• Deacon Bob Evans

O Antiphons

Updated: Dec 20, 2020



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Just before mass on the Fourth Sunday of Advent we light the fourth of the Advent candles continuing a tradition that goes back to the Middle Ages. There are Christmas traditions that have endured even through the darkest of times, through wars, and famines, and pandemics. And one such tradition that has endured, with some, is the chanting of the O Antiphons.

The O Antiphons are seven titles for Jesus found in the Book of Isaiah. They were chanted as part of Evening Prayers (or Vespers) by monks as far back as the year 500.

They began the O Antiphons on the 17th of December and ended on the 23rd. The Antiphonic titles for Jesus are: O Wisdom, O Lord, O Root of Jesse, O Key of David, O Dayspring, O King of Nations, and O Emmanuel.

When the antiphons were written in Latin, the first letter of each antiphon spells out the Latin phrase: ero cras, which means, "Tomorrow, I will come."

The monks arranged the antiphons in a specific order. When the antiphons were written in Latin, the first letter of each antiphon spells out the Latin phrase: ero cras, which means, "Tomorrow, I will come." (1)


The most widely used English translation of the O Antiphons comes from the Anglican priest, John Mason Neale’s 1861 hymnal. In that same hymnal, Neale wrote an English paraphrasing of the antiphons, that is known today as the hymn, O Come, O Come Emmanuel (2)

If we listen carefully to the words of O Come, O Come Emmanuel we will realize that they speak of the birth of Jesus not in its modern envisioning, that of “good tidings” and “peace on earth” and the giving of gifts; but in its first century envisioning. To the early Christians, Jesus came to ransom them, to set them free from the consequences of sin, that is, being deprived of eternal life with God. That was the source of their Christmas joy; that was the source of their peace. And this was all with an eye toward Jesus’ return. This was what Christmas meant to believers, for many centuries.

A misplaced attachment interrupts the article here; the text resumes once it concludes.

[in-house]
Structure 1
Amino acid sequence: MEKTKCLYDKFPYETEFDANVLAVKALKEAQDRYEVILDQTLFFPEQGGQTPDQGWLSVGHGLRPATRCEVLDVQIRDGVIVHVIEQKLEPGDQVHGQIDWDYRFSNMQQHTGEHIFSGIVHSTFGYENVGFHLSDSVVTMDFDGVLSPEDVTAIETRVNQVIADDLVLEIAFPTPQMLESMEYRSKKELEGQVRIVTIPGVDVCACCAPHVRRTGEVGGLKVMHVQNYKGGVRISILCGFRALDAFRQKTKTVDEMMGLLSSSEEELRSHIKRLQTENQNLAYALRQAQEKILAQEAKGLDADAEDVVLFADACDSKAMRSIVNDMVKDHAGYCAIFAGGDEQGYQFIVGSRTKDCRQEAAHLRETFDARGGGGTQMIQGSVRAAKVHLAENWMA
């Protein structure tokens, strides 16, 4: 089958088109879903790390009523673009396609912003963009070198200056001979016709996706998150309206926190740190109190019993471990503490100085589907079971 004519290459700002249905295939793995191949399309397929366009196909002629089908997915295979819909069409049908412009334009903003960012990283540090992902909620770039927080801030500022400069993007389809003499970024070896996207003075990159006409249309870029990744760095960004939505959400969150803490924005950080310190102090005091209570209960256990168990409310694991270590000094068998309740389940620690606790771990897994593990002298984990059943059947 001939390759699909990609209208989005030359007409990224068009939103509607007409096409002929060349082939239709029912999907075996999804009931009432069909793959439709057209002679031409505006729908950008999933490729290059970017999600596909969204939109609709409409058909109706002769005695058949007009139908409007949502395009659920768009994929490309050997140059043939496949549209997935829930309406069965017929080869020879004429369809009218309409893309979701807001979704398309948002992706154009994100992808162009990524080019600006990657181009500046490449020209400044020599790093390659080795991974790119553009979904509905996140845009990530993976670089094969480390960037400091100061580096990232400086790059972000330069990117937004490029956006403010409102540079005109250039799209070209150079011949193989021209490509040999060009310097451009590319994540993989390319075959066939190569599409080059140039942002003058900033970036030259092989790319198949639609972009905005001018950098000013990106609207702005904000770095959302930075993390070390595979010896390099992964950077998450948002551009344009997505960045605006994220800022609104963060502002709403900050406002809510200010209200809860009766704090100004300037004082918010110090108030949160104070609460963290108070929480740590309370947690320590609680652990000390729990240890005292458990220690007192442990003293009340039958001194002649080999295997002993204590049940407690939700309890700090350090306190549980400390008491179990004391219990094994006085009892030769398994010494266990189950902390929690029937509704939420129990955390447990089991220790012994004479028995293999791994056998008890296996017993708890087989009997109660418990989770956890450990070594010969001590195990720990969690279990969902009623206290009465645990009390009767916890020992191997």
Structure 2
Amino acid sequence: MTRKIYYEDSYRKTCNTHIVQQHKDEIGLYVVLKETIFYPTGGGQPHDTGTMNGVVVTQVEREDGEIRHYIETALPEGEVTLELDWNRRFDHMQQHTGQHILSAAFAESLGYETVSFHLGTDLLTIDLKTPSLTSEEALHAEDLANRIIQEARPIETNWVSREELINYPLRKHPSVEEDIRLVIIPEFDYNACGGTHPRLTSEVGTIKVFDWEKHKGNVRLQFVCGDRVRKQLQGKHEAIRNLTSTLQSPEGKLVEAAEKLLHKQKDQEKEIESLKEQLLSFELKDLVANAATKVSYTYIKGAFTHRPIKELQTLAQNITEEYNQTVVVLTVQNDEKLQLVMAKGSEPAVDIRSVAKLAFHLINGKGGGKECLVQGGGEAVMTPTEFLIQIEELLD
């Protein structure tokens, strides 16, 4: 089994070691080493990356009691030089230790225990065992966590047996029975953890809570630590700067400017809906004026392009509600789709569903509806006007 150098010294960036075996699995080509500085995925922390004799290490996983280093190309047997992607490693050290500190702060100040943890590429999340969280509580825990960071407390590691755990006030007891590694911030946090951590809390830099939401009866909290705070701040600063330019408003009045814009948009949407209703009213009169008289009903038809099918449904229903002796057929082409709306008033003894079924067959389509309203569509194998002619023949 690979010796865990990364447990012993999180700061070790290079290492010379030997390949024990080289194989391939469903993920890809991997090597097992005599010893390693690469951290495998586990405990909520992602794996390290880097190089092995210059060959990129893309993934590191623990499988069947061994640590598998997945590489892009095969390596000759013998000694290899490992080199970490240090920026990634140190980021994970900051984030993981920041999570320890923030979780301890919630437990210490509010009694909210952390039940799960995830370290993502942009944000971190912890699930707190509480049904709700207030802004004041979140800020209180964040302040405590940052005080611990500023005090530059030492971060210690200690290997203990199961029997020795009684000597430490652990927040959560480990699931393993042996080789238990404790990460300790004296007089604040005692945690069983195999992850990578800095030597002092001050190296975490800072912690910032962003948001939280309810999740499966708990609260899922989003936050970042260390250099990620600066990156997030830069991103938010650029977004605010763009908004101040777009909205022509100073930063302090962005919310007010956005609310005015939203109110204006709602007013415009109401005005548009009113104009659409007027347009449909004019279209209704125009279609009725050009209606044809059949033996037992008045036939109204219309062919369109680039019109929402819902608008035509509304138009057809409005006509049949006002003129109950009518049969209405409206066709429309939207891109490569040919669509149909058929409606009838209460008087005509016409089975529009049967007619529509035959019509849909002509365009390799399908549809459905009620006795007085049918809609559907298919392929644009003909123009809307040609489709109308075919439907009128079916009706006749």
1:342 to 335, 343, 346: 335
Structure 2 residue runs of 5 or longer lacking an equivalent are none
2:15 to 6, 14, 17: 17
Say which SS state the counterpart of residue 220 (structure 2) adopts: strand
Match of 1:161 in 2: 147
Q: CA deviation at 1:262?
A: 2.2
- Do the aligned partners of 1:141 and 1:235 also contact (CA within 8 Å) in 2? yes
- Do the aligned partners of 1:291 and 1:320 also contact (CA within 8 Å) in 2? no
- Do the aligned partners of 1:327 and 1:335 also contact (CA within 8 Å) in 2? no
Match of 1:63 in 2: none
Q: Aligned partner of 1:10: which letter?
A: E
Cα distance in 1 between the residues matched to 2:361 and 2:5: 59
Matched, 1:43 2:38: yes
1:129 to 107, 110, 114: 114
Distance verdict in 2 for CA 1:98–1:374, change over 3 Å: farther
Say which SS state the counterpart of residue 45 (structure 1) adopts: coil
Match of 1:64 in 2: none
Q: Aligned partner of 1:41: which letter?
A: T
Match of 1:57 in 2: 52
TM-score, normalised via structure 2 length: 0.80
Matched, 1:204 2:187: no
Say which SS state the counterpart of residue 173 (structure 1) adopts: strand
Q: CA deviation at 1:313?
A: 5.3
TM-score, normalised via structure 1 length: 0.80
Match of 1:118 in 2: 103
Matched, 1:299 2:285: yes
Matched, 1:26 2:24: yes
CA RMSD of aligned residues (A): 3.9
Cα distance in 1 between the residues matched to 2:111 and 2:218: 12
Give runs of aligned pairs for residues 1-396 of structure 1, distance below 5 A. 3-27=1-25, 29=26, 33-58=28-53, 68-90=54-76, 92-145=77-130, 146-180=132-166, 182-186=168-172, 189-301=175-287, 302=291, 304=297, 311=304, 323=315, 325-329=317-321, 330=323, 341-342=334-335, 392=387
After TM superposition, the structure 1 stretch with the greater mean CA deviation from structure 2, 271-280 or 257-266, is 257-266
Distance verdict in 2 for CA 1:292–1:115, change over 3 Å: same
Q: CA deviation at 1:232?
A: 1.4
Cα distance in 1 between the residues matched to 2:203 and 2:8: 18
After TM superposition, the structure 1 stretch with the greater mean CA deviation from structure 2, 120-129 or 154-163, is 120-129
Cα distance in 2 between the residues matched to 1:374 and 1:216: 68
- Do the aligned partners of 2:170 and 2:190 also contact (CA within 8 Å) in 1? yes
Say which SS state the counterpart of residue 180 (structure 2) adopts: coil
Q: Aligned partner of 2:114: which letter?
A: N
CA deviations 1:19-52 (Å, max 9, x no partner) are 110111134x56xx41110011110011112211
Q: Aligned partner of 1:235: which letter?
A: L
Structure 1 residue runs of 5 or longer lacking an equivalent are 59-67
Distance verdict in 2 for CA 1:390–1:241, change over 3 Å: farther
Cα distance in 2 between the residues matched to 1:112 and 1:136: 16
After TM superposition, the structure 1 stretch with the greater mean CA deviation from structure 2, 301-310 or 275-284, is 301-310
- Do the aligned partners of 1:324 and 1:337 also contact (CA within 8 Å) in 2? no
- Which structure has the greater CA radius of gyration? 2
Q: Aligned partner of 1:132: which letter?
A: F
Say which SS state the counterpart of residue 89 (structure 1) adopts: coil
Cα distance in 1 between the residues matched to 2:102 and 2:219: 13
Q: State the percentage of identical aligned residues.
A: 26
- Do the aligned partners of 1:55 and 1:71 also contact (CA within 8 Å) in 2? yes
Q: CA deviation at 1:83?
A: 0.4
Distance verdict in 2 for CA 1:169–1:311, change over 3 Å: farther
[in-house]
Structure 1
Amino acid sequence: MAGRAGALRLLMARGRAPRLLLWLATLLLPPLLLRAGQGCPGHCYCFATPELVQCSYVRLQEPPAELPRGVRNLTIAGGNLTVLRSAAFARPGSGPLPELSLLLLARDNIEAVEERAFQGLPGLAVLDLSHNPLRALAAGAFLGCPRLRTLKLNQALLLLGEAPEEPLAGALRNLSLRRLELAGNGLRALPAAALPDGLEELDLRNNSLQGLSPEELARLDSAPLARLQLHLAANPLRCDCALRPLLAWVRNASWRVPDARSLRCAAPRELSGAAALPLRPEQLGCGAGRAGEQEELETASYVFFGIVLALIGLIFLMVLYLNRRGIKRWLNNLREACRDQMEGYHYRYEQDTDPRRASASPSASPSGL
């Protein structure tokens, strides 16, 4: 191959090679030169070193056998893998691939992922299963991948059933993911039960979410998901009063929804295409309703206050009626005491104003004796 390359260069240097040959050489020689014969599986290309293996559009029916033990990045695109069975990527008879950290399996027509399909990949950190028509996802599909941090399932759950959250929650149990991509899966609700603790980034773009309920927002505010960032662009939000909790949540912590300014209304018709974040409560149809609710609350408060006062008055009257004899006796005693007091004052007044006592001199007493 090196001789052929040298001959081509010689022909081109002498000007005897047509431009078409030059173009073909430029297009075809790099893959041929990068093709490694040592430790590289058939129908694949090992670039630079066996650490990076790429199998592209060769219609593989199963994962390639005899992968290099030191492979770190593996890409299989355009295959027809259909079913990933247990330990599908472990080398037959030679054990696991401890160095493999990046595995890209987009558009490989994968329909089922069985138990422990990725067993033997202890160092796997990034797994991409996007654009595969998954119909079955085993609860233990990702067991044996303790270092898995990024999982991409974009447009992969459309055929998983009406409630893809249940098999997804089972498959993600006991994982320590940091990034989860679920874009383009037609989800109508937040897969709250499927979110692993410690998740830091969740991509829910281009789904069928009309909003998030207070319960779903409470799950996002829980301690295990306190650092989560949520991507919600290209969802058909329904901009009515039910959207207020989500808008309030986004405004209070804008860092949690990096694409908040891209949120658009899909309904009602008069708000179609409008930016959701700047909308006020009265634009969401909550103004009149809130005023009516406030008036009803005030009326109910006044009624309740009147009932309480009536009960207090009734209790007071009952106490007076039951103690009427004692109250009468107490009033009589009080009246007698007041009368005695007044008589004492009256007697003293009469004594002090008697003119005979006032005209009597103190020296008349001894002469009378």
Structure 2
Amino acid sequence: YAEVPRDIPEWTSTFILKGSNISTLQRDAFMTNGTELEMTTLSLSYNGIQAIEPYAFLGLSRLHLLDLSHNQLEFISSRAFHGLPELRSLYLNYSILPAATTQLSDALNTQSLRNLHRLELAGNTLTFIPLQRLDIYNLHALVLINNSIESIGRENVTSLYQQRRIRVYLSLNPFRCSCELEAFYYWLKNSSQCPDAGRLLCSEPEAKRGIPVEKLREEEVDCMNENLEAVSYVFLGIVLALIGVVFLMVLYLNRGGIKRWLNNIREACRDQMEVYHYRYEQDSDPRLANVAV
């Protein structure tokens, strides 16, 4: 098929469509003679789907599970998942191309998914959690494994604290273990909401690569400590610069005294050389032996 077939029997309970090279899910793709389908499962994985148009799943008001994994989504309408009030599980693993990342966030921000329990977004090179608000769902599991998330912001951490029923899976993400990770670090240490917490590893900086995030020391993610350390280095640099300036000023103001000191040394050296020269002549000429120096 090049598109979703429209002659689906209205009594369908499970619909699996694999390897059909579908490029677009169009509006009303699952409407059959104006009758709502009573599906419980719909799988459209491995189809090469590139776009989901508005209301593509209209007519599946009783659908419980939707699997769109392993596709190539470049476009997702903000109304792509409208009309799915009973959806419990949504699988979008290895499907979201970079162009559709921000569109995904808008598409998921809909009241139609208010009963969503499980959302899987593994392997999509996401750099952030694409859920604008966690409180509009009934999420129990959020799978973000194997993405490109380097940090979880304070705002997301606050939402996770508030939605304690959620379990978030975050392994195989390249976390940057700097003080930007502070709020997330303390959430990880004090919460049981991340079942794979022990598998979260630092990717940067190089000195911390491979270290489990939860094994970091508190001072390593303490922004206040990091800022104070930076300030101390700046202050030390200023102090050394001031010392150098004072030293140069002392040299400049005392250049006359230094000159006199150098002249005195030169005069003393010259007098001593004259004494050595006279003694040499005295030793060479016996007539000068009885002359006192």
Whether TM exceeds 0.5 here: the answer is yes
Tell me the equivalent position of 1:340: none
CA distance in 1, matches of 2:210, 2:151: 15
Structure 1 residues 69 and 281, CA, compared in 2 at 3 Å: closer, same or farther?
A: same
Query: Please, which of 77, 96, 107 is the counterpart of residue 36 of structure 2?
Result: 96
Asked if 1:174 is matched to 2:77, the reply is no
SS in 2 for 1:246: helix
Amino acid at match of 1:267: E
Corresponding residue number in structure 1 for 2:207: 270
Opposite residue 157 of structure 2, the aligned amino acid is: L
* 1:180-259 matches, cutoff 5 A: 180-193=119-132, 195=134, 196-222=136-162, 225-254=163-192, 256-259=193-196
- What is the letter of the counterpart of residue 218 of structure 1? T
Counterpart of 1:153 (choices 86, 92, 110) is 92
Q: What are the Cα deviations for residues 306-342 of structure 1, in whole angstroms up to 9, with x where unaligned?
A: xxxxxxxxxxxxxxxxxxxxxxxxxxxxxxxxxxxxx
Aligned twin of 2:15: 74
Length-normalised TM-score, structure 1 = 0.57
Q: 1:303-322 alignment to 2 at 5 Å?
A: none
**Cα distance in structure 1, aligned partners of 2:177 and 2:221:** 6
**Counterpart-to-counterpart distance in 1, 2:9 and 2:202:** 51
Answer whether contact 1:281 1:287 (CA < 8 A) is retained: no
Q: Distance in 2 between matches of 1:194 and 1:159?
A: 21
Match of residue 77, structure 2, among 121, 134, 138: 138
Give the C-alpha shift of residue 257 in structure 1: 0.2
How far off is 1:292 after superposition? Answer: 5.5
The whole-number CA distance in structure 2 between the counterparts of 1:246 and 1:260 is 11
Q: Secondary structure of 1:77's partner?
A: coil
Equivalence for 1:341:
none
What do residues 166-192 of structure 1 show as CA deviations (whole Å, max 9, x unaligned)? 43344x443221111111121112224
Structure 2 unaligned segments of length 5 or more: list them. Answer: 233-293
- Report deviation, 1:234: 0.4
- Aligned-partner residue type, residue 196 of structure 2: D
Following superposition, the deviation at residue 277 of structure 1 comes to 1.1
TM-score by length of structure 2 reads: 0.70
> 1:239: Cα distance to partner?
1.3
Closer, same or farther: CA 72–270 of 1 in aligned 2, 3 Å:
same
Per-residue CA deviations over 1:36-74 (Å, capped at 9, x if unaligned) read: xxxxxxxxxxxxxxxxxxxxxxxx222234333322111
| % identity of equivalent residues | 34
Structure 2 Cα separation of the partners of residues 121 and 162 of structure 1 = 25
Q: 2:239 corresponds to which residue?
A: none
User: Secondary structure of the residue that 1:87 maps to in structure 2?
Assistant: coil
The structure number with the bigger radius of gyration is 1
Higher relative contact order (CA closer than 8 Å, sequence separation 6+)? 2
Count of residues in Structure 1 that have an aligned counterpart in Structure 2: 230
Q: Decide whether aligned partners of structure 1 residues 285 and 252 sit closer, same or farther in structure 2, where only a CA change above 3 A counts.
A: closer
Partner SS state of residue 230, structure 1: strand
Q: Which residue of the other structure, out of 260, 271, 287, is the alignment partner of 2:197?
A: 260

reenactment of very early church celebration

Modern ways of thinking have done more than just “commercialize” Christmas. They have undermined our whole understanding and appreciation of Christmas. Jesus came on that first Christmas to “dwell amongst us” and to die for us that we might again have access to eternal life with God – that’s the true peace on earth. That’s the “good news” the angels heralded; the “good news” we are to cherish.


As heart-warming as our celebration of Christmas often is, there’s really a divine purpose to Christmas.

This year, Christmas will be unlike any we’ve ever seen before. It’s an opportunity for us to reconsider just what Christmas means. Certainly, the good tidings and gift-giving are a wonderful part of Christmas. But as heart-warming as this celebration of Christmas often is, there’s really a divine purpose to Christmas.

Christmas is about God’s unfathomable love for us, so much so that He came to dwell amongst us, as one of us. And, as one of us, to die at our hands that we might have eternal life with the Father. When we let the denial of sin and its consequences, which pervades our culture today, shape our thinking, we are denied a true understanding of Christmas. When we lose sight of that divine purpose we are left only with the superficial. So, make singing O Come, O Come Emmanuel a part of your Advent time this year and reflect often on the original joy of Christmas.

My wife, Rose, and I wish you all a very blessed and meaningful Christmas this year.

‘till next time,

Dcn. Bob Evans

December 18, 2020

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1. Fr William Saunders, “What are the O Antiphons?” Catholic Education, Feb 3, 2007.

2. J. M. Neale, Hymns Ancient and Modern, 1861.





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